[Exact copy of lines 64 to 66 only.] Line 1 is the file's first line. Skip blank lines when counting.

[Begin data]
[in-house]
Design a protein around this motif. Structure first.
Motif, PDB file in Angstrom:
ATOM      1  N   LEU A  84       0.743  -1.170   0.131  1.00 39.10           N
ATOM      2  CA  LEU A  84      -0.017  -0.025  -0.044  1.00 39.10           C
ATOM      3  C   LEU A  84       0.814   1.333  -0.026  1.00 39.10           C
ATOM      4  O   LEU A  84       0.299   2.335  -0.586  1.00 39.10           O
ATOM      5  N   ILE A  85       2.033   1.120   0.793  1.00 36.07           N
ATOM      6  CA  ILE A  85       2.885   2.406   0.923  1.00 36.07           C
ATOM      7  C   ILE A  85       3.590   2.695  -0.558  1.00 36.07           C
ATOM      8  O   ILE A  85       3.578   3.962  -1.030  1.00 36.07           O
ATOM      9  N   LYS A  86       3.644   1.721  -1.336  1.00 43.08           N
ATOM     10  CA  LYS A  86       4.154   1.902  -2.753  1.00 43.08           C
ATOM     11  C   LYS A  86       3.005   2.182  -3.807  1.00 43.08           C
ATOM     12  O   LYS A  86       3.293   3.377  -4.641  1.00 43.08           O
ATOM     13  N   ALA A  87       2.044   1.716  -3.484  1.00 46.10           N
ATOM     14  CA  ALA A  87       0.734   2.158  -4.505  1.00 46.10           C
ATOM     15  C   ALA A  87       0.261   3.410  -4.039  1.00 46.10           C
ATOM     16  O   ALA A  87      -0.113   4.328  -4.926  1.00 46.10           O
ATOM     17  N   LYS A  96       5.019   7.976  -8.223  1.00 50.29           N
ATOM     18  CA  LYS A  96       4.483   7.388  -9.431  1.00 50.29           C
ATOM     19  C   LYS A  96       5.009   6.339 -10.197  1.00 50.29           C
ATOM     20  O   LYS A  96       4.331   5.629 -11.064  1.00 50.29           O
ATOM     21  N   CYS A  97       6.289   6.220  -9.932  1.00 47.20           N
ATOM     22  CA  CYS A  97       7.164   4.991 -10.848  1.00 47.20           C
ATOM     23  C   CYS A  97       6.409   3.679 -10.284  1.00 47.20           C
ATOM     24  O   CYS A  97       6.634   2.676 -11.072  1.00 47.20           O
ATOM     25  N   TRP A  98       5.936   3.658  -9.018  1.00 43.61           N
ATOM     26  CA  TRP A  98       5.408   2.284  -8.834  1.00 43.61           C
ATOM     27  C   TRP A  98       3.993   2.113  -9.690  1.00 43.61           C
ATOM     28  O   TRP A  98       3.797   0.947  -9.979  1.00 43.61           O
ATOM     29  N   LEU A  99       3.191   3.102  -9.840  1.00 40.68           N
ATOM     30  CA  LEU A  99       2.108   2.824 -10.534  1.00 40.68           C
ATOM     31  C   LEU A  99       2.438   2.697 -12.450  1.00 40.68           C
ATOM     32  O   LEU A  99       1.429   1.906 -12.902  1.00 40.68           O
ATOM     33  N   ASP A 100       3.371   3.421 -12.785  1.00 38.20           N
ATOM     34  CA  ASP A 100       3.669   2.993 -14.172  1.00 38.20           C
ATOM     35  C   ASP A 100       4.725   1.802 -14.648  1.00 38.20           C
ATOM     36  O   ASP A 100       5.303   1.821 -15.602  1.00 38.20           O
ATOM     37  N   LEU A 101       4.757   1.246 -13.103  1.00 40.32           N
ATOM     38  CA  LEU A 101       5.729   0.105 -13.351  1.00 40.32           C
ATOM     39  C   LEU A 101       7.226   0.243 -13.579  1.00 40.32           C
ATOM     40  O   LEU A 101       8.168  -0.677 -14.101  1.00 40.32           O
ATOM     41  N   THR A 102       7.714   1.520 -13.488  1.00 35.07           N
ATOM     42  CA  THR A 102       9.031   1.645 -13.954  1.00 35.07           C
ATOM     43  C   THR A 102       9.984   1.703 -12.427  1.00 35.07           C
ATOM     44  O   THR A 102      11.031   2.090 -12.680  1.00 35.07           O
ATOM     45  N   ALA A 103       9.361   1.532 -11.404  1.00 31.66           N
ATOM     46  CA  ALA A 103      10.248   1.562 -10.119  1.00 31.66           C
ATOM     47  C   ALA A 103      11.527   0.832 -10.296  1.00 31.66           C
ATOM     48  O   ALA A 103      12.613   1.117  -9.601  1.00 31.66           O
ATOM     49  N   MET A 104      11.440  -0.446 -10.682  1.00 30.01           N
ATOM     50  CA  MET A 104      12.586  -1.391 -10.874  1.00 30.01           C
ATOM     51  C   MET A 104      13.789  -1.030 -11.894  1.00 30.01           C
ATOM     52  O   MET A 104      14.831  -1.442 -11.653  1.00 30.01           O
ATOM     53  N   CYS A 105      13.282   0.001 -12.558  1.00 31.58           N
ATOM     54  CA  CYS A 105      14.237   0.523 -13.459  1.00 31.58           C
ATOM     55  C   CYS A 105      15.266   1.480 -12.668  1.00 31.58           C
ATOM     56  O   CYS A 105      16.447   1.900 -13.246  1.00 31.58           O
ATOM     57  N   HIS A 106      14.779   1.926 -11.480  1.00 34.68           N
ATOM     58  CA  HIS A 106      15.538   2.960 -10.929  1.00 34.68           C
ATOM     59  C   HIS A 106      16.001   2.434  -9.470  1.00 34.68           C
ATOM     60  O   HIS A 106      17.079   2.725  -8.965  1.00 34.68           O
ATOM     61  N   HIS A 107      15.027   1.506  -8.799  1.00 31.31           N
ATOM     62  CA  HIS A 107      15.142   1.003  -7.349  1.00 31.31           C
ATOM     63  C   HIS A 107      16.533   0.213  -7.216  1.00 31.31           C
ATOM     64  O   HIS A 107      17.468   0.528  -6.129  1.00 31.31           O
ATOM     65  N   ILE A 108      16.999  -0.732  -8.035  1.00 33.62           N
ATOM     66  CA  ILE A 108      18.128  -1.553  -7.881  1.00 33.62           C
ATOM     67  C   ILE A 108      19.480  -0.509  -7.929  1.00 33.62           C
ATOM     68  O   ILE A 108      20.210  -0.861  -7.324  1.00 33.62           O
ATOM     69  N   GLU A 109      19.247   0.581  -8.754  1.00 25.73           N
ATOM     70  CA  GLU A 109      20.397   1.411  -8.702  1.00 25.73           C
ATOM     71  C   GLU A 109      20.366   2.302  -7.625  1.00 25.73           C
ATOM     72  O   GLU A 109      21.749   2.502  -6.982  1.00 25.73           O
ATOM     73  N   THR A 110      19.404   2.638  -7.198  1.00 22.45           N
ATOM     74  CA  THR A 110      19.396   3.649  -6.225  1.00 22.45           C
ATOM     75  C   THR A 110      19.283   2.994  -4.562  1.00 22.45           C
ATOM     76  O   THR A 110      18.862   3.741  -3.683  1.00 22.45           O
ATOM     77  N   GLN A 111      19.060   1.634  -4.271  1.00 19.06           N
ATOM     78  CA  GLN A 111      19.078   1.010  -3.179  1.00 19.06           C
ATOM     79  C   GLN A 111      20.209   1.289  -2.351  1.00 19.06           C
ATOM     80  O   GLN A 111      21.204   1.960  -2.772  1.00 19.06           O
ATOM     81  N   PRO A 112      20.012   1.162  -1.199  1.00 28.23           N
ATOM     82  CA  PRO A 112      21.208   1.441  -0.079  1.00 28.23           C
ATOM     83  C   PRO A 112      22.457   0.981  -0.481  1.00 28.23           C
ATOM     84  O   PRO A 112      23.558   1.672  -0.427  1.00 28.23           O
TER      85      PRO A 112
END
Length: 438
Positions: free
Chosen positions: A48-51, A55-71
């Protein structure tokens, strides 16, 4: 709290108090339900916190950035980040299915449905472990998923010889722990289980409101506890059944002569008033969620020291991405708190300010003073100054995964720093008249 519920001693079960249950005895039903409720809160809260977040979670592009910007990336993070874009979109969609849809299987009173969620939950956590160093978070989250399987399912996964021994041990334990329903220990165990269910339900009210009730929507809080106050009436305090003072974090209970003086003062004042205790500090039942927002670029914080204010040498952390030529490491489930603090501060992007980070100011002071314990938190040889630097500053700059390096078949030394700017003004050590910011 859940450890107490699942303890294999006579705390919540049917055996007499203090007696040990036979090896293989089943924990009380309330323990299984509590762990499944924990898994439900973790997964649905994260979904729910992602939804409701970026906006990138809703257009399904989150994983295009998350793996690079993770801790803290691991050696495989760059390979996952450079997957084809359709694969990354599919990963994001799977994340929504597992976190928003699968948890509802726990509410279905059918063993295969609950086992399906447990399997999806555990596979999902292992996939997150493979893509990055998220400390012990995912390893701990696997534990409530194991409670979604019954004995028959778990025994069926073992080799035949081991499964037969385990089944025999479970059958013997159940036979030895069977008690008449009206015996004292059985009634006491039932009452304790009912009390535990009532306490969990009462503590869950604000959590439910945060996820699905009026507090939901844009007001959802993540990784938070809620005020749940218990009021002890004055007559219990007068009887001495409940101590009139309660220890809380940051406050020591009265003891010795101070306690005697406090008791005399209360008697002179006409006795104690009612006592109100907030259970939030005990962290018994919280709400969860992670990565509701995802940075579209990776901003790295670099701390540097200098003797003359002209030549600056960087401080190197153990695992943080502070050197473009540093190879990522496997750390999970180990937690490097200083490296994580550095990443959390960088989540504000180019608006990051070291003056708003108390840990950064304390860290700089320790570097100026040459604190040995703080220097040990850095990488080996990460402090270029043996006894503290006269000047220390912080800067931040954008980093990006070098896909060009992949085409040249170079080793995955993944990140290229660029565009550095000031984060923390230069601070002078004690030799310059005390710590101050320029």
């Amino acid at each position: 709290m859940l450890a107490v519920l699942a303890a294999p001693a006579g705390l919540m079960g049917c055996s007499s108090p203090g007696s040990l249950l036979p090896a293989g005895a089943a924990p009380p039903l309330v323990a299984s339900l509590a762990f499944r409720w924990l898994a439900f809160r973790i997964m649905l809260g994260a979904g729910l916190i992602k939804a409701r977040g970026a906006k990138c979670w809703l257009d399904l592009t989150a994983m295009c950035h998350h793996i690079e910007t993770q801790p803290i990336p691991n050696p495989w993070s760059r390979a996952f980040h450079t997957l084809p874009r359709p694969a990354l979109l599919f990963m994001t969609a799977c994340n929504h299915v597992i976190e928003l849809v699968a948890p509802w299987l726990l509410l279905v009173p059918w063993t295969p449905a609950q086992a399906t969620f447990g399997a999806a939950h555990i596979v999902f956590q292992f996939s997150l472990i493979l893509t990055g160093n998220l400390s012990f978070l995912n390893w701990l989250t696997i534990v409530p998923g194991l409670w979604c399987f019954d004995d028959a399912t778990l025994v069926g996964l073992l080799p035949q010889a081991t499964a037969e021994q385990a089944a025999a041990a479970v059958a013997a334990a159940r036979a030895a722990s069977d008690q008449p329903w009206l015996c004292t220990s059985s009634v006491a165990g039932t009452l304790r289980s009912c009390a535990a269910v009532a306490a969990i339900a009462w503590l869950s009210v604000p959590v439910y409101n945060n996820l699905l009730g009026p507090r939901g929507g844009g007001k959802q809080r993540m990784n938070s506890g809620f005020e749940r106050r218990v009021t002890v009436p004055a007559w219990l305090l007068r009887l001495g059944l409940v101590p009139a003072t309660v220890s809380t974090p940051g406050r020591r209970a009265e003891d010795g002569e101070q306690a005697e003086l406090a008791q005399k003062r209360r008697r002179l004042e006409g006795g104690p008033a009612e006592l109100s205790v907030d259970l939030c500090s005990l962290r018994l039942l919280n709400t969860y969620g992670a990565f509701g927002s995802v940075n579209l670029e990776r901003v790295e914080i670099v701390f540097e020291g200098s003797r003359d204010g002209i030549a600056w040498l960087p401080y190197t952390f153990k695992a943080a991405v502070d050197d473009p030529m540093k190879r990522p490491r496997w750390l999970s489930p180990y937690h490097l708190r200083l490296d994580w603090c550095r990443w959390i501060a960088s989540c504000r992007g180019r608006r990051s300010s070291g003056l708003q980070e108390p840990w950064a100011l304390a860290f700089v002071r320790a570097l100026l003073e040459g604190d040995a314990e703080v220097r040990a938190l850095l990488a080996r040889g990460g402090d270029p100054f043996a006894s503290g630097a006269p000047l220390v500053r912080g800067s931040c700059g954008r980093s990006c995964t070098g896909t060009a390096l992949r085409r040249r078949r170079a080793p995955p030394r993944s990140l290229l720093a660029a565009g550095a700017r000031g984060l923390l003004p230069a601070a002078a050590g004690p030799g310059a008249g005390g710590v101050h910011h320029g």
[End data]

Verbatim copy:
ATOM     61  N   HIS A 107      15.027   1.506  -8.799  1.00 31.31           N
ATOM     62  CA  HIS A 107      15.142   1.003  -7.349  1.00 31.31           C
ATOM     63  C   HIS A 107      16.533   0.213  -7.216  1.00 31.31           C